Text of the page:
[...]

A second piece of legislation will now set up a national register, which is expected to take about five years to capture the estimated 250,000 licence holders in New Zealand.

Gun owners will be required to sign up to the register when they get a licence, get one renewed, or when they buy or sell firearms.

If a licence holder is not on the register after five years, they will have to proactively sign up.


Licenses will need to be renewed every five years, and there will be much tighter character requirements. Dealers will face tougher restrictions too. The changes should make kiwis a lot safer, with a minimal impact on legitimate gun owners. As for the gun industry, they'll no doubt scream bloody murder about it. And by doing so, they'll make the case for even tighter regulation in future.

Petty fools with fragile egos

Local body politicians are concerned that the hostile online environment might deter people from running, and want British-style laws to prevent "online attacks". So what sorts of attacks are they concerned about? Death threats (illegal under the Crimes Act)? Sustained online harassment campaigns(illegal under the Harmful Digital Communications Act)? Defamation (a simple tort)? None of the above:

Mr Cull said criticism was part and parcel of public life, but there should be limits.

"If you didn't allow it you wouldn't have a functioning democracy, but I think that too often it's playing the man and not the ball.

"We need to stick to issues."

Marlborough District councillor Cynthia Brooks, who was stepping down this year after two terms, said a lot of criticism stemmed from a lack of awareness.

It was especially noticeable every time there was a story on councillor attendances at meetings.


"Criticism". "Playing the man and not the ball". "A lack of awareness". And they call us "snowflakes". The first are simply a basic part of public life. The other has a very obvious recourse of more transparency about the job and what it entails. Neither seems to remotely reach the threshold required to justify any regulation of speech.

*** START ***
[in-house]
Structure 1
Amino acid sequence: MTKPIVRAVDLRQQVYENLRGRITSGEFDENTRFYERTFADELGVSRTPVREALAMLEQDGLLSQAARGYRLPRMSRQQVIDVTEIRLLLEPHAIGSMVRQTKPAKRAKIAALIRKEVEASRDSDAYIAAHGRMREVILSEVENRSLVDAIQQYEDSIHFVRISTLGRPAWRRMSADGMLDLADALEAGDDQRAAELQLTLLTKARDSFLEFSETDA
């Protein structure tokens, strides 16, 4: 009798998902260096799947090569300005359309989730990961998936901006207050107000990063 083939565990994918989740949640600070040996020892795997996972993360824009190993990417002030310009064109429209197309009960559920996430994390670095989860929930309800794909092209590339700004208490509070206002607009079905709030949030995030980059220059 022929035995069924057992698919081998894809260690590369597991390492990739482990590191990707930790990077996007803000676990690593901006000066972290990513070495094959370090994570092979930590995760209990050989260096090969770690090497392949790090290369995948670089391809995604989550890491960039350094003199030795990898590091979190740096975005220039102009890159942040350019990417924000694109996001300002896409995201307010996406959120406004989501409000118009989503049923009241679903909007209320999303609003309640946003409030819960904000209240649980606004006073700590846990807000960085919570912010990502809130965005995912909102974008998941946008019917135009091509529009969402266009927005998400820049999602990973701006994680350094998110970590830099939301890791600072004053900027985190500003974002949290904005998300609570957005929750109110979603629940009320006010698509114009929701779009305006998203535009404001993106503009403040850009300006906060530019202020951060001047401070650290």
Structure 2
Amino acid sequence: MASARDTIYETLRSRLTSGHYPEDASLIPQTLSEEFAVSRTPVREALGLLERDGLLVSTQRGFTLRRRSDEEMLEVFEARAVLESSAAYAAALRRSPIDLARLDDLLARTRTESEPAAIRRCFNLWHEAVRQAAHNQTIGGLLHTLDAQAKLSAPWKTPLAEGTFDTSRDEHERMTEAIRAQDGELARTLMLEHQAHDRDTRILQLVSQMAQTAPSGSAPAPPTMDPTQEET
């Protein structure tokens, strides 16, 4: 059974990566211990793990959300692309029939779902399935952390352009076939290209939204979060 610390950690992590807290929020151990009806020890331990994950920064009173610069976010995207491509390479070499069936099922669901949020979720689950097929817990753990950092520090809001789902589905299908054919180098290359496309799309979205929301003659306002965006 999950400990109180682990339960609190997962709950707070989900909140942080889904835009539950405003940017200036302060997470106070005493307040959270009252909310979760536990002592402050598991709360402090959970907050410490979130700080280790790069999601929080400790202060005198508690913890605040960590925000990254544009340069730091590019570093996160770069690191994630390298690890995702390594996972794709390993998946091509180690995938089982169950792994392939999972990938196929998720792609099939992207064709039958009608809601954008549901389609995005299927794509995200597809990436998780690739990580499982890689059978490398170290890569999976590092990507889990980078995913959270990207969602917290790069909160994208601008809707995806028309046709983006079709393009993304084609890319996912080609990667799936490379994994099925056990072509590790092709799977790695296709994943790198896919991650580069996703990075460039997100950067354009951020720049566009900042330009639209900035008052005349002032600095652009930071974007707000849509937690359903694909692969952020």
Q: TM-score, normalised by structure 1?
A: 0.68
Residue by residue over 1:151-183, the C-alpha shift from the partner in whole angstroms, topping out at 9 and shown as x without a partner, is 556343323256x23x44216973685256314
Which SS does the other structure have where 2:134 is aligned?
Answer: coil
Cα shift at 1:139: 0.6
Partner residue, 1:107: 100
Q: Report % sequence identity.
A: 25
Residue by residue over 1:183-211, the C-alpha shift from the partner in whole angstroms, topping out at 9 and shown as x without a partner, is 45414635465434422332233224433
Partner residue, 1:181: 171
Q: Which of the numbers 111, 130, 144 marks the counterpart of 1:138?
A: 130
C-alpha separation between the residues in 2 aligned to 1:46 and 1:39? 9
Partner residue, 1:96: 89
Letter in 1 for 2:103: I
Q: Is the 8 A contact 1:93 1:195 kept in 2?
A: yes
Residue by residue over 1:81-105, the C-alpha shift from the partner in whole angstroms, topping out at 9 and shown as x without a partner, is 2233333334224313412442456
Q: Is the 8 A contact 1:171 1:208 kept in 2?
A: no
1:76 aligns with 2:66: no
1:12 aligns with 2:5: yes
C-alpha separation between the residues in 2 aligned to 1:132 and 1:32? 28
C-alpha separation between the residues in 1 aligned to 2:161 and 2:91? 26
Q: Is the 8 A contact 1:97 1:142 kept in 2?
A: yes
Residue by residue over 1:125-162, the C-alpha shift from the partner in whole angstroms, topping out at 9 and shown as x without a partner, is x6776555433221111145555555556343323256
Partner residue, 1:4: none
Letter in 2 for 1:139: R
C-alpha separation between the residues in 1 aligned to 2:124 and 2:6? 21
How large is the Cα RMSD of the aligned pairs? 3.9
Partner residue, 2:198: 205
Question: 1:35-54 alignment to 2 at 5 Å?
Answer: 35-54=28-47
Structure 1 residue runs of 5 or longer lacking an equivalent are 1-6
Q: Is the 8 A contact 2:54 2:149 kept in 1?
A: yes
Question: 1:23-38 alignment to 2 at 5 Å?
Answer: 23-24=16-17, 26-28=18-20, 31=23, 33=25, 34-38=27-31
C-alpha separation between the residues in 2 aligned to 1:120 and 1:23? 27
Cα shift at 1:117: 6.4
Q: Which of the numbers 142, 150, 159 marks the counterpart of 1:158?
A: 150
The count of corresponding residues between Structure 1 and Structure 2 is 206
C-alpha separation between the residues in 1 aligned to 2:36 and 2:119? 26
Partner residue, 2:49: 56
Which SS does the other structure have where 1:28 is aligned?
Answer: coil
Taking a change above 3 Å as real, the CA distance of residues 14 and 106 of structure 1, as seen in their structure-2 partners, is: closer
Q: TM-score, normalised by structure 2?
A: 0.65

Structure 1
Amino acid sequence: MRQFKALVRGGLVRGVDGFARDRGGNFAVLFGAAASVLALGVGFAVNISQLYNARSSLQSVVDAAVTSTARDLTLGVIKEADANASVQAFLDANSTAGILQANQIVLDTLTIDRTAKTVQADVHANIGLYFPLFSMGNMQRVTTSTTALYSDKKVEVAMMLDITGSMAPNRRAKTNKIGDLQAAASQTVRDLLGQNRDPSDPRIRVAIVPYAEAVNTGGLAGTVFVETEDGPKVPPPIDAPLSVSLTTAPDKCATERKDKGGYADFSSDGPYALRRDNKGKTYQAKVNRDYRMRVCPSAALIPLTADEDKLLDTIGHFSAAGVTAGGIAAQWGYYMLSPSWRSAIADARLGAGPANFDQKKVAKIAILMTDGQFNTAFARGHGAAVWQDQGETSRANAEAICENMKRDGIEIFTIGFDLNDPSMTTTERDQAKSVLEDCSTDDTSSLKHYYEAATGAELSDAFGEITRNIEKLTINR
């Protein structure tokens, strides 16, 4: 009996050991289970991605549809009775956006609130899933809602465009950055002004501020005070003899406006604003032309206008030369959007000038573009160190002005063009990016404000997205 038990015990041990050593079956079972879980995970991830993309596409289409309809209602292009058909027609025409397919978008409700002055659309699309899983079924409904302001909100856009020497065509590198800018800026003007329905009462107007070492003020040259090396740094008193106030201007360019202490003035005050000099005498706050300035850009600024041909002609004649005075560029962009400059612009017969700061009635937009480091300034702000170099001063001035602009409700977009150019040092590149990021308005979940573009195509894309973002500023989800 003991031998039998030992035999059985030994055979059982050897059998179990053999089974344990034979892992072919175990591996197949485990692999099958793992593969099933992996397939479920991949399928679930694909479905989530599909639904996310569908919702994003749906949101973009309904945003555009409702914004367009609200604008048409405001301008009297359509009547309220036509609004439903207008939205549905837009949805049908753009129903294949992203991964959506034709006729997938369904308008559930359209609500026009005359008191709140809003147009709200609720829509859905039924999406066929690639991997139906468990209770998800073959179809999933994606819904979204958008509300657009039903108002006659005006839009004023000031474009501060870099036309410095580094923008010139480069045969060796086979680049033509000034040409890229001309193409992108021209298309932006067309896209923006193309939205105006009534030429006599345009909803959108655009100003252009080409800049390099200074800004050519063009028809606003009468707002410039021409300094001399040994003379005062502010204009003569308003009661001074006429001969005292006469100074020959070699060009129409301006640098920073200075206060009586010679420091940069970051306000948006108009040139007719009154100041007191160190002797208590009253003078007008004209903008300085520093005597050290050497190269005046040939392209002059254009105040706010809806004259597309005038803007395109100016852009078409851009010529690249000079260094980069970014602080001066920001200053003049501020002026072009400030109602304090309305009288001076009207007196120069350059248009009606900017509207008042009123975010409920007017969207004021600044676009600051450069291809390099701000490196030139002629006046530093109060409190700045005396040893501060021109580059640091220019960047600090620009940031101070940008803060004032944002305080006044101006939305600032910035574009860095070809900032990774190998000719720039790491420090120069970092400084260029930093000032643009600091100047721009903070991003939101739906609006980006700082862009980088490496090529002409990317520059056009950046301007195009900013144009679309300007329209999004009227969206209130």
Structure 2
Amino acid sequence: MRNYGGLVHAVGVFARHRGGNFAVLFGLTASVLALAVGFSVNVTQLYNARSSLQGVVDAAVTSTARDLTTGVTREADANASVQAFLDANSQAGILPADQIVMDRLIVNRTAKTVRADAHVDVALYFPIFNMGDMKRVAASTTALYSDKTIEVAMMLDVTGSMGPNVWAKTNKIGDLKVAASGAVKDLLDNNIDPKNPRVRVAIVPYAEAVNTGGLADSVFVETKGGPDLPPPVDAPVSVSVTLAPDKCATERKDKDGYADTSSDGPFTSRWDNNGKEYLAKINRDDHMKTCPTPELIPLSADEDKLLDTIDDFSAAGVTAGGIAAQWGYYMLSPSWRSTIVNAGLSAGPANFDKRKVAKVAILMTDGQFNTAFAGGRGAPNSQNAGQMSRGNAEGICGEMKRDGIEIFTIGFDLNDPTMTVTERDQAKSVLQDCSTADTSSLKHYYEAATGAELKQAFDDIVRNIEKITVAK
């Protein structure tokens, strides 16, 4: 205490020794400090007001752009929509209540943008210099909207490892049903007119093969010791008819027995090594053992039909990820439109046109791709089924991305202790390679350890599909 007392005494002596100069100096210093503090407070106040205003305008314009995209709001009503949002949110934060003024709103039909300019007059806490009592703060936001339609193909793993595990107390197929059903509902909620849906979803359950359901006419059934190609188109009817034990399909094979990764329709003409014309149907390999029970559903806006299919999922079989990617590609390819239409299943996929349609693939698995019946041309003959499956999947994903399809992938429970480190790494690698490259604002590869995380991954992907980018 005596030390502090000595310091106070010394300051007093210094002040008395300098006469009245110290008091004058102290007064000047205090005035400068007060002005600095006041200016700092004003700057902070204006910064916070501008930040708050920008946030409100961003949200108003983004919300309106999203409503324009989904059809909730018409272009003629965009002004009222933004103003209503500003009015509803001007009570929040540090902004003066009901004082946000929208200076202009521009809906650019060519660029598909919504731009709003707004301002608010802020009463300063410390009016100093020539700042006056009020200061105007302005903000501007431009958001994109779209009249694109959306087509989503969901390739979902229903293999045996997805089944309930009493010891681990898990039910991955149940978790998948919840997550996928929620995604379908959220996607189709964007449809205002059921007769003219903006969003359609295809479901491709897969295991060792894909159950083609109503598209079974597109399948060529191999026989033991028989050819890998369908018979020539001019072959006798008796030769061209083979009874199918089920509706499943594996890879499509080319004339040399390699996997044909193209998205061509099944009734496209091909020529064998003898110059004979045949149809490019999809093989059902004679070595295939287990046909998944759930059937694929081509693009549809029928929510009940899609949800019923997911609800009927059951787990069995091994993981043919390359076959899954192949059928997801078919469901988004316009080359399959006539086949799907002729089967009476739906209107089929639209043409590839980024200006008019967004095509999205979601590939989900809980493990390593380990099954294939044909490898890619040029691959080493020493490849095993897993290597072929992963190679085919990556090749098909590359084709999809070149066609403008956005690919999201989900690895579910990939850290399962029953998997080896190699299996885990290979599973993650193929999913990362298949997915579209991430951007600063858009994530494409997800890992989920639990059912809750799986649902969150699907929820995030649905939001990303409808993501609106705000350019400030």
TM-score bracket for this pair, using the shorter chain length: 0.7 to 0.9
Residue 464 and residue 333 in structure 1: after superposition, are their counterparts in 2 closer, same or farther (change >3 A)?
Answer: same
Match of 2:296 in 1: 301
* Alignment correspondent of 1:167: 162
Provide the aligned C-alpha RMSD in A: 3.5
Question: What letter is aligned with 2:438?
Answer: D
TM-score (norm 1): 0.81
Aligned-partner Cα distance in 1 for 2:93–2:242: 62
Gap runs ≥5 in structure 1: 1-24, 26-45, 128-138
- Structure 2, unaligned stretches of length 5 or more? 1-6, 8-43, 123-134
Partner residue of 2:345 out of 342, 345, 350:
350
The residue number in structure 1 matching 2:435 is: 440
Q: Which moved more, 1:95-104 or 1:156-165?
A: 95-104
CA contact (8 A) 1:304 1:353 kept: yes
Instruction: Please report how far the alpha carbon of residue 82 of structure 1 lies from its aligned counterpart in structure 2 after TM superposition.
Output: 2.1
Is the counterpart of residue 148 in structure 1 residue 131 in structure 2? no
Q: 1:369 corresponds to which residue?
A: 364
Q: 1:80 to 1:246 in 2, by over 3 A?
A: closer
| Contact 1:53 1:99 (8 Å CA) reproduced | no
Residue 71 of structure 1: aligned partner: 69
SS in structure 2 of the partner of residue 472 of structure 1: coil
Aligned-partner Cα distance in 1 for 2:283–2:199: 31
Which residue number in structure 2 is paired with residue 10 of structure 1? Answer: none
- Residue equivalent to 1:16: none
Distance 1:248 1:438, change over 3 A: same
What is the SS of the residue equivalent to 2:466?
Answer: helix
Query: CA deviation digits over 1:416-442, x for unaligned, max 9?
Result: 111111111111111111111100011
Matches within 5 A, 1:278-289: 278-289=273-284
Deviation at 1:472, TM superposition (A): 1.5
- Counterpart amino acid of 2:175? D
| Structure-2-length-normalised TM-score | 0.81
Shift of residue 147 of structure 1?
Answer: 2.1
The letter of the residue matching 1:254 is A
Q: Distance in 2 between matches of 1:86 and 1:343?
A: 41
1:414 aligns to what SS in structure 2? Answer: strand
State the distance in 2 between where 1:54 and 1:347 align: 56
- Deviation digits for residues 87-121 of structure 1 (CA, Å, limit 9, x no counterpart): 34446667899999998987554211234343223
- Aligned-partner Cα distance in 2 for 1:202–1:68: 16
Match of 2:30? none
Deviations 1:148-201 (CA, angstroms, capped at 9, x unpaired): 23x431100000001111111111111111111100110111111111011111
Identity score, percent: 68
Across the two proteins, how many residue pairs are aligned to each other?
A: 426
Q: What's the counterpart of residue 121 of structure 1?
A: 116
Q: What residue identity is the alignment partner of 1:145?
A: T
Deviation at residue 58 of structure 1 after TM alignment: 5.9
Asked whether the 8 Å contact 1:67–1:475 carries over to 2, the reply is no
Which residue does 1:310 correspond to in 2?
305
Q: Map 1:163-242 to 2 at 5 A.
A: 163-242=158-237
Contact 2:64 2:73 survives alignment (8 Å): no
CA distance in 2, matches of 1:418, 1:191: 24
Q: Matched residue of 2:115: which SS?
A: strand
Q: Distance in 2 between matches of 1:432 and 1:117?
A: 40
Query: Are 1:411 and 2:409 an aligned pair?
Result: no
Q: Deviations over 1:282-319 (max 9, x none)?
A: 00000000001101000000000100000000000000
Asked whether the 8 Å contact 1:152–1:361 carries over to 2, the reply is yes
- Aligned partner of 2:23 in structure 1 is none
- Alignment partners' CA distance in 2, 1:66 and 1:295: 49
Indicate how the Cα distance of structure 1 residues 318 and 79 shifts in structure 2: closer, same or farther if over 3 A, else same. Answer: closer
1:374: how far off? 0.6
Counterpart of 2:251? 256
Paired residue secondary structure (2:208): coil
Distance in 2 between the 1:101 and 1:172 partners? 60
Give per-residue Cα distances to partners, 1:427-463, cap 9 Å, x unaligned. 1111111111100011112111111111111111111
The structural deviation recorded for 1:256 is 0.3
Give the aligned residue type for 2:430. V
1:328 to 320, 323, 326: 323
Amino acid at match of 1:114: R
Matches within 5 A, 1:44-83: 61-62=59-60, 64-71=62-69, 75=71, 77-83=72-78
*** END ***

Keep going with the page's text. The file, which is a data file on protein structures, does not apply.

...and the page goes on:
(RNZ also quotes a younger candidate, one used to social media, about curation. Which seems to be a much more mature attitude than that of the older, experienced politicians. Its the internet, you don't have to see anything you don't want to, and you'll almost certainly be much happier if you don't.)

There are real problems online with hate speech, threats, and serious online bullying. That's why we have the (flawed) HDCA. That's why we're having a conversation about hate speech. These petty fools and their fragile little egos aren't helping that. And no doubt, they'd use this post as an example of the "abuse" they face online.

Accountability?

When allegations emerged that civilians had been killed during an SAS raid in Afghanistan, NZDF was absolutely unequivocal in its denials, both the Ministers and the public. Since then, we've learned that they were well aware that there were reports that people had been killed. Whether they knowingly lied to us to protect their reputation is one of the central questions the inquiry is supposed to answer. And the inquiry is sufficiently uncomfortable about the evidence it has that rather than doing it all behind closed doors, it is going to force NZDF to face public cross-examination about its honesty:

The Inquiry into Operation Burnham issued an order for NZ Defence Force to appear during five days of public hearings and explain discrepancies which have emerged in its evidence.

[...]

The discrepancy was such the Inquiry said evidence about what NZDF knew, and what it then relayed to the Beehive, should be examined in public hearings.

The Inquiry said NZDF "made firm statements publicly that no civilian casualties occurred" and went on to support ministers making similar statements.

"These actions were taken despite the repeated allegations of civilian casualties in the media and elsewhere from immediately after the Operation until the present.

"Given that the statements of NZDF and ministers were made publicly, the Inquiry considers that they should be explained publicly."


Good. Though it will be interesting to see whether it is just the current NZDF leadership, or those who were in charge at the time (including former Governor-General Lt General Jerry Mateparae) who will face questioning. And it will also be interesting to see whether they answer, or try to hide behind another wall of bullshit.

Meanwhile, if you read the briefing to the Prime Minister in that article, their description of Operation Burnham claims that NZ troops were actively opposed by "a large number of armed insurgents, operating in small groups" who "attempted to outflank the force and fire on it from high ground". Which doesn't seem to fit with any description of what happened at all. Were NZDF talking up their raid to make themselves seem more heroic as well? And if they do such things, how can any of us trust them about anything?

New Fisk

At Cologne’s Gestapo museum, visitors are drawing modern parallels – can we really say they’re being simplistic?

Climate Change: Emergency measures